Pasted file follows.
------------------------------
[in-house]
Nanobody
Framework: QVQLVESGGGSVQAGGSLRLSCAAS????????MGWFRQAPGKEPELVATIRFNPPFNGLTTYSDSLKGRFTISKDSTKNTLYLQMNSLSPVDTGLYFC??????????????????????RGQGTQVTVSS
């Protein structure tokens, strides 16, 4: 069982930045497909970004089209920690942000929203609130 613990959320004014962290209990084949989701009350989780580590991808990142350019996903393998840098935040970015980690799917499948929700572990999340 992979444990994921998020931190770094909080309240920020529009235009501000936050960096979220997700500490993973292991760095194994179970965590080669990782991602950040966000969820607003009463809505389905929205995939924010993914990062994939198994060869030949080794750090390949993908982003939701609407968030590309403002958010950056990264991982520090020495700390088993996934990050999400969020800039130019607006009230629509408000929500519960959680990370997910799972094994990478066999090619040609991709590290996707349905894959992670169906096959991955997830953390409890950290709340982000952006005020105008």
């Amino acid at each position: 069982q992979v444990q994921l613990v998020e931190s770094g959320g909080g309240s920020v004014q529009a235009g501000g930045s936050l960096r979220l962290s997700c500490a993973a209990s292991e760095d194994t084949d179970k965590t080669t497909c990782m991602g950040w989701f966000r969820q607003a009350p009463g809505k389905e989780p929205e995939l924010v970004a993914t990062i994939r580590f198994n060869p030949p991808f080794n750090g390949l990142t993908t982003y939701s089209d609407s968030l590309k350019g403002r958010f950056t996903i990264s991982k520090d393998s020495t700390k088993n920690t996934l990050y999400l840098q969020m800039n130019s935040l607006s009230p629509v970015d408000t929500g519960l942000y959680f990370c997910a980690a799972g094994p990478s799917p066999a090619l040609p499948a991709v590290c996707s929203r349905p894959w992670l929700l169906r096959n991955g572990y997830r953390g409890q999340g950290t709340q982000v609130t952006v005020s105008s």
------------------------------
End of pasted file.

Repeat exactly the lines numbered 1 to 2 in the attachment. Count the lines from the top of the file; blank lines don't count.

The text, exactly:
[in-house]
Nanobody